These are the three big things to focus on from OPEC and the G-20 meetings over the next 48 hours
Leonhard Foeger | ReutersThere are three big things to focus on from OPEC and the G-20 meetings over the next 48 hours: 1) total global output cut, 2) benchmark production levels for those cuts, and 3) the length of time of any formal deal. The Cut MathThe world is expected to cut an unprecedented 12 million to 15 million barrels of oil per day from global production. Benchmarks and quotasOne major sticking point of any OPEC+ Russia deal is from what level of production do any Saudi cuts originate. Saudi production has risen over the past two months as the market share and price war kicked off. It's a hot topic for another day, but if OPEC believes the commission will vote for quotas, it could take another million or so barrels from the global market.cnbc.com
Pipeline giant sues Railroad Commission, alleging lax oversight of natural gas flaring
A natural gas flare burns in Pecos County in West Texas. State regulations allow producers to flare gas for up to 10 days after they're done drilling an oil or gas well. But the commission ultimately approved Exco’s flaring extension request 2-to-1 on Aug. 6 with Commission Chairman Wayne Christian casting the lone dissenting vote. He added that it didn't make sense economically for the commission to force Exco to go through the motions to sell natural gas when it brings such a low price. “Natural gas flaring has long been recognized as wasteful and environmentally harmful,” the company said in its petition.
Lawsuit, Environmentalists Take Aim at Texas Railroad Commission's Lax Enforcement of Gas Flaring Rules
The pipeline operator says doing so wastes state resources.Even so, Exco appears to have legal rights to burn the gas. The commission gave the company permission to flare at more than 130 wells in late 2017, according to the. "The data shows that routine flaring and venting wastes valuable natural resources reduces local air quality and significantly contributes to climate change," the letter reads. From local politics and culture to national news that hits close to home, San Antonio Current has been keeping San Antonio informed for years. Every reader contribution is valuable and so appreciated, and goes directly to support our coverage of critical issues and neighborhood culture.sacurrent.com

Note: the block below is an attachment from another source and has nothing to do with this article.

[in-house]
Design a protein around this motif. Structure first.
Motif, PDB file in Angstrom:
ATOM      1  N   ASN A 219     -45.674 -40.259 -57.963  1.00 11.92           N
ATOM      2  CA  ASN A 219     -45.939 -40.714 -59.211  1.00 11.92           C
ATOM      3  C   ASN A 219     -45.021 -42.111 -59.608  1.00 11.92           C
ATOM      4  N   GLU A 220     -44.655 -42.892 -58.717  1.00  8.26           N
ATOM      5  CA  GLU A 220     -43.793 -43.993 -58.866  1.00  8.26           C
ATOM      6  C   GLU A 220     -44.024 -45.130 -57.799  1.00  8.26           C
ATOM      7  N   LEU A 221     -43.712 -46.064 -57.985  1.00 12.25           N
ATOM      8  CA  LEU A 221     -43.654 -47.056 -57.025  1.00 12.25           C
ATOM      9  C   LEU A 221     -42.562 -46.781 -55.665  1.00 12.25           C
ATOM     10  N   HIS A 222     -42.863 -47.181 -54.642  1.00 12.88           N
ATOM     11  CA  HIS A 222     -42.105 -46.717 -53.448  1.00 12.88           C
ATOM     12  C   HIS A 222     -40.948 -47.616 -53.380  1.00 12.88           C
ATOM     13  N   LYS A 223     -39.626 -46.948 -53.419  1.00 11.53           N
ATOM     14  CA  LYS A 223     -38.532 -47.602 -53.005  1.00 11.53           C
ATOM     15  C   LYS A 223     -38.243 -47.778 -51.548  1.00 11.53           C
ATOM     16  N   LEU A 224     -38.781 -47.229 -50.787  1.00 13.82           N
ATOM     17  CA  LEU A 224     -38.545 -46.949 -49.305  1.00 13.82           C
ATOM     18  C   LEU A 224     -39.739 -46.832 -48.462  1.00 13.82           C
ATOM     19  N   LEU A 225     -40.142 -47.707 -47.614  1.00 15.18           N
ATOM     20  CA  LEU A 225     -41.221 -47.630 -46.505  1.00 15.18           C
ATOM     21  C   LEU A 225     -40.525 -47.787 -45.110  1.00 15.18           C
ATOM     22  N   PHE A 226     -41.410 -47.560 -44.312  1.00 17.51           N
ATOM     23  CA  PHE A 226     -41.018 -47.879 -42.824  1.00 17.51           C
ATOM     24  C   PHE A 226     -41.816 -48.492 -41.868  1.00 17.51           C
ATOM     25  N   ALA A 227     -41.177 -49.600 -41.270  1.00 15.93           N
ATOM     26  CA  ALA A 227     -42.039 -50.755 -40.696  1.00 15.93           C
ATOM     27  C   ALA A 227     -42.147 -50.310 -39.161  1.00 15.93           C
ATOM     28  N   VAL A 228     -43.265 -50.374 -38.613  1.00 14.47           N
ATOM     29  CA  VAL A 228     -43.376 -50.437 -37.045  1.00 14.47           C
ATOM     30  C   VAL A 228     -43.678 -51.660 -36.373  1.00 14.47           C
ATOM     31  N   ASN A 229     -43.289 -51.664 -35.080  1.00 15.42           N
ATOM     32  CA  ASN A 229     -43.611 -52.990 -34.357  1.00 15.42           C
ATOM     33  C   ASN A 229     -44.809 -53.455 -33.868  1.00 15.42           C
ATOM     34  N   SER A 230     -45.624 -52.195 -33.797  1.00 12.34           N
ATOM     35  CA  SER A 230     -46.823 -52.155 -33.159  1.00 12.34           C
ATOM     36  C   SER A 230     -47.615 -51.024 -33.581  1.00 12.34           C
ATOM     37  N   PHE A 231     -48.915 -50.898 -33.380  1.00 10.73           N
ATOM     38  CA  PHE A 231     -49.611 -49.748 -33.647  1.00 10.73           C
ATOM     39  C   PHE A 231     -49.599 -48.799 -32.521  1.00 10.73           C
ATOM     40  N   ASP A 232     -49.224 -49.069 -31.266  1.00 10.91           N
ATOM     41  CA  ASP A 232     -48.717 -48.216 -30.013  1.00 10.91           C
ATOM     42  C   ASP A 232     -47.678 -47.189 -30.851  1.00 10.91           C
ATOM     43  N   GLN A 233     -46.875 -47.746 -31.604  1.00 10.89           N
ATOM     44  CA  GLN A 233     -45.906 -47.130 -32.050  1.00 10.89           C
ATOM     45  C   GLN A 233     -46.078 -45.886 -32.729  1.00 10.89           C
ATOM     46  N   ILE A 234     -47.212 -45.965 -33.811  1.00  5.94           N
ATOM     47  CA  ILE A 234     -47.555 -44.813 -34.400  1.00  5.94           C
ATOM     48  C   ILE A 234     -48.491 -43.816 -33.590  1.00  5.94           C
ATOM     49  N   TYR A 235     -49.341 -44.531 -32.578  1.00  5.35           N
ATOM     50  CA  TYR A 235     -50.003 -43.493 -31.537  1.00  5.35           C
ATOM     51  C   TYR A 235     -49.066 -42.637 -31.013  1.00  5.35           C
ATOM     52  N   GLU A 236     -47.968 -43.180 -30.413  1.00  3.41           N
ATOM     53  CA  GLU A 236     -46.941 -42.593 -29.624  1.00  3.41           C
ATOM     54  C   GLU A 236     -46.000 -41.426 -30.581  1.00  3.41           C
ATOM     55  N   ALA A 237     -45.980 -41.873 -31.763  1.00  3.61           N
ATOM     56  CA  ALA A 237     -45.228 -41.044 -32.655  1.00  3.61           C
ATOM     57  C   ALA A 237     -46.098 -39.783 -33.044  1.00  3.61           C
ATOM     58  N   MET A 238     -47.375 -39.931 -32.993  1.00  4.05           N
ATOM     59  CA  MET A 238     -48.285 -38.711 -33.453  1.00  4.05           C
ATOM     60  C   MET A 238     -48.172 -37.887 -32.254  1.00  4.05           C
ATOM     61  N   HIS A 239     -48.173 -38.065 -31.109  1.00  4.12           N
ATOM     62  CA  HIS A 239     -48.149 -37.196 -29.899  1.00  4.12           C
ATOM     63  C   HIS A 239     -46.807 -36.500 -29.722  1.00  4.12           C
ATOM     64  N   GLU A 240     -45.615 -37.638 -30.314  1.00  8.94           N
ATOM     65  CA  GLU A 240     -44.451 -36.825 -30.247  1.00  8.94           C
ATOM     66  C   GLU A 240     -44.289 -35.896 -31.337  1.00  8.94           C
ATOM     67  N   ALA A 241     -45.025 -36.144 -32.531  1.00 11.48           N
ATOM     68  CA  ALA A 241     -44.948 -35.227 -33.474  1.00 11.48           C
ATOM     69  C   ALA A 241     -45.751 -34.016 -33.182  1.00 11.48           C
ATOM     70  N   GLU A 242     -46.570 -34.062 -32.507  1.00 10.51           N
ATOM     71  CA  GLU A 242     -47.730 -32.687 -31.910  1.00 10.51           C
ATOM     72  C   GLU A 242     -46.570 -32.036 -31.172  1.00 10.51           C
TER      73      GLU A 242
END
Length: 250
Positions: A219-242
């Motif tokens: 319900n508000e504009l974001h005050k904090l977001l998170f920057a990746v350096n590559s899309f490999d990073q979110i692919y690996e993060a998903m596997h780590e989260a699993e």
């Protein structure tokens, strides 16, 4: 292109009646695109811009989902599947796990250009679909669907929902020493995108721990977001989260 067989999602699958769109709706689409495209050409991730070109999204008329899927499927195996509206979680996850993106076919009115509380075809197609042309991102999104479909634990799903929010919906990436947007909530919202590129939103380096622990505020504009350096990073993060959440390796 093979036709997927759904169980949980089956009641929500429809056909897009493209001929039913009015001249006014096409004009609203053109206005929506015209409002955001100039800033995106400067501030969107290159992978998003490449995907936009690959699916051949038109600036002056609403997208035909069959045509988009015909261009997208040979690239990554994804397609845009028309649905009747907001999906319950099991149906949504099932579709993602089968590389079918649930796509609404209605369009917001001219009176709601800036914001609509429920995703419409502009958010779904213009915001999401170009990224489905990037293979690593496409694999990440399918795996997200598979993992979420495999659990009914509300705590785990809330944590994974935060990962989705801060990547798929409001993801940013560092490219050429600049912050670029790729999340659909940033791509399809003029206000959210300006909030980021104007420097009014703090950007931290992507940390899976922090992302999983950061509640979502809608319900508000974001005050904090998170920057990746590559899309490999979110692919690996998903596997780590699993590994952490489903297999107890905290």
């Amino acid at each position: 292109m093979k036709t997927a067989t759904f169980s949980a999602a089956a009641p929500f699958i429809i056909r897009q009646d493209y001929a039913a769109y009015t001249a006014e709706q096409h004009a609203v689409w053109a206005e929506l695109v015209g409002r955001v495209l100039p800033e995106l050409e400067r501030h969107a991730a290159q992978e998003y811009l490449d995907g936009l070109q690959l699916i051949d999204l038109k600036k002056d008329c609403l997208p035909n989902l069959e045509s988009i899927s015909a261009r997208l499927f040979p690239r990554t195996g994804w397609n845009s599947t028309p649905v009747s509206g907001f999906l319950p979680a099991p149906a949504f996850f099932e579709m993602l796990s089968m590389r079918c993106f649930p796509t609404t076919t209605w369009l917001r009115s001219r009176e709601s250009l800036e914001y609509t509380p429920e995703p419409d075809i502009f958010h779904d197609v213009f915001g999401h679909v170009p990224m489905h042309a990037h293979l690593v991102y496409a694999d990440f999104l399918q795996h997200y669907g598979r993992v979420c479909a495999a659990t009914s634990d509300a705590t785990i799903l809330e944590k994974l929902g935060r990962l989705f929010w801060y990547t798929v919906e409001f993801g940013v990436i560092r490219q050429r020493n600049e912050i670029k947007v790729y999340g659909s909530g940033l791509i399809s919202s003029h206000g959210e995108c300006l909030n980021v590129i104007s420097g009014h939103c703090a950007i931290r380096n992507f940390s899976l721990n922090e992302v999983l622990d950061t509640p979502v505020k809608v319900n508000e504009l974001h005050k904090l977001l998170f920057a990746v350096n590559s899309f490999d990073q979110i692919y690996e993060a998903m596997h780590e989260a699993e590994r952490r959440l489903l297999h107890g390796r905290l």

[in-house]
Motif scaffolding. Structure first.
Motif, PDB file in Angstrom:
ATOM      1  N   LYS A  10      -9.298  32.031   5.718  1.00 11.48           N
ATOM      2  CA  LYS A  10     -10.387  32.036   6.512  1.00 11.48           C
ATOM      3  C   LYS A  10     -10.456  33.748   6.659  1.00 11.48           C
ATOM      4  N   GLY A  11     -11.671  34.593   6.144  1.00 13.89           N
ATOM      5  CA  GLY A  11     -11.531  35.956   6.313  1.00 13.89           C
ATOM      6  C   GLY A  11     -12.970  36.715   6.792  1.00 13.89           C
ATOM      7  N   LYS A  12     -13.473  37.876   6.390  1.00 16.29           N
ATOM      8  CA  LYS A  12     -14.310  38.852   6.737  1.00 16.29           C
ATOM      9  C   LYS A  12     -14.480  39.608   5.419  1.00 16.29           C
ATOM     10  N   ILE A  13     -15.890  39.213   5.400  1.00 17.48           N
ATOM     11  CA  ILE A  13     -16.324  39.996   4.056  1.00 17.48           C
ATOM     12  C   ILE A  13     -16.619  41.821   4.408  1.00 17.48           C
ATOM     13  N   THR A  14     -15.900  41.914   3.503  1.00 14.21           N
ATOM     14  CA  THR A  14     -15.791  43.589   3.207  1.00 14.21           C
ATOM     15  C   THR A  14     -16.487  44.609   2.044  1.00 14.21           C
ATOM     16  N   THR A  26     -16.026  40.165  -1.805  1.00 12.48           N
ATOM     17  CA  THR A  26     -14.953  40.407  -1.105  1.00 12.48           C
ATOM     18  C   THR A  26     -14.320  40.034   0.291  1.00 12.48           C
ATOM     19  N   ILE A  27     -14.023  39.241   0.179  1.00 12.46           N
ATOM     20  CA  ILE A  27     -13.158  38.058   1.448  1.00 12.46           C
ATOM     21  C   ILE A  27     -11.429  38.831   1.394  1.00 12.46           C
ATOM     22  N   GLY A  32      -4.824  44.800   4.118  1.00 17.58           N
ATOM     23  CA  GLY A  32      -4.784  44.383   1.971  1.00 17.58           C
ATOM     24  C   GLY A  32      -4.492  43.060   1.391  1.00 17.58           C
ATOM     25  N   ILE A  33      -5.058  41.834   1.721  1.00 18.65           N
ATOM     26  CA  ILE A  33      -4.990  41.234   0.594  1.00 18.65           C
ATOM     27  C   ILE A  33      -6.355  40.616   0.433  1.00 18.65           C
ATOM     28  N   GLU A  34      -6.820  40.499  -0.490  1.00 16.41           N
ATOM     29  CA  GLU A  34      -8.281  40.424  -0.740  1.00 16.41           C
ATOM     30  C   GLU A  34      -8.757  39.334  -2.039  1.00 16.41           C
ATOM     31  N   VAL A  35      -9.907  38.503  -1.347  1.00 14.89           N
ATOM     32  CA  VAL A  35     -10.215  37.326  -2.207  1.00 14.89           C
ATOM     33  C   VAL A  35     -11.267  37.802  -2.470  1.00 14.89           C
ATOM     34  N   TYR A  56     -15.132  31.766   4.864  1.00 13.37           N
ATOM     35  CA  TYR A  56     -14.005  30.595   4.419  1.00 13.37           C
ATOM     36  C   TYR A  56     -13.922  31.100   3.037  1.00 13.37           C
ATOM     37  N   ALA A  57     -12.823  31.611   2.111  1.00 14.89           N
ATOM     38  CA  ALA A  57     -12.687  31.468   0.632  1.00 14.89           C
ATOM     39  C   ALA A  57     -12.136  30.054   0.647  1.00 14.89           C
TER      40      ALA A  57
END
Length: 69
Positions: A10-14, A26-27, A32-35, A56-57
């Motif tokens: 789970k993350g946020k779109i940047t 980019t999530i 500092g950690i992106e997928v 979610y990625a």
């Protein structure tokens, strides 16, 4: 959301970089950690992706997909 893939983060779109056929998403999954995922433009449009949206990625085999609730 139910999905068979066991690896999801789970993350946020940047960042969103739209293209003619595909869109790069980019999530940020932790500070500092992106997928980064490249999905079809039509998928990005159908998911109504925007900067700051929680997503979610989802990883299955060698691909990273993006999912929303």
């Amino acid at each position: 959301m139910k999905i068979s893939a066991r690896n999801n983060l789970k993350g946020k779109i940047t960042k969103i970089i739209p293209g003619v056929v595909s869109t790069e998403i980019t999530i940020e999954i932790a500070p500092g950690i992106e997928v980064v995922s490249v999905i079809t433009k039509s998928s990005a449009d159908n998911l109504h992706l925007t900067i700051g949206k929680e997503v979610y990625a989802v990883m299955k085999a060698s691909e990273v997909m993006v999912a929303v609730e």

Unlikely alliance fighting pipeline in Texas Hill Country
Unlike the Dakota Access Pipeline project that sparked massive protests in 2016 and 2017 over fears it would hurt the environment and sacred Native American sites, opposition to the Texas pipeline has largely played out of public view. "That's the purpose of this project, to capture that natural gas and ship it to market," Fore said. Texas already has the most expansive pipeline network in the country with more than 460,000 miles (740,250 kilometers) of channels zigzagging through it. Those strange bedfellows have held townhalls, formed grassroots community campaigns, and lodged lawsuits against Kinder Morgan. "No one has fought (Kinder Morgan) harder and no one has fought them longer than we have in the Hill Country," he said.chicagotribune.com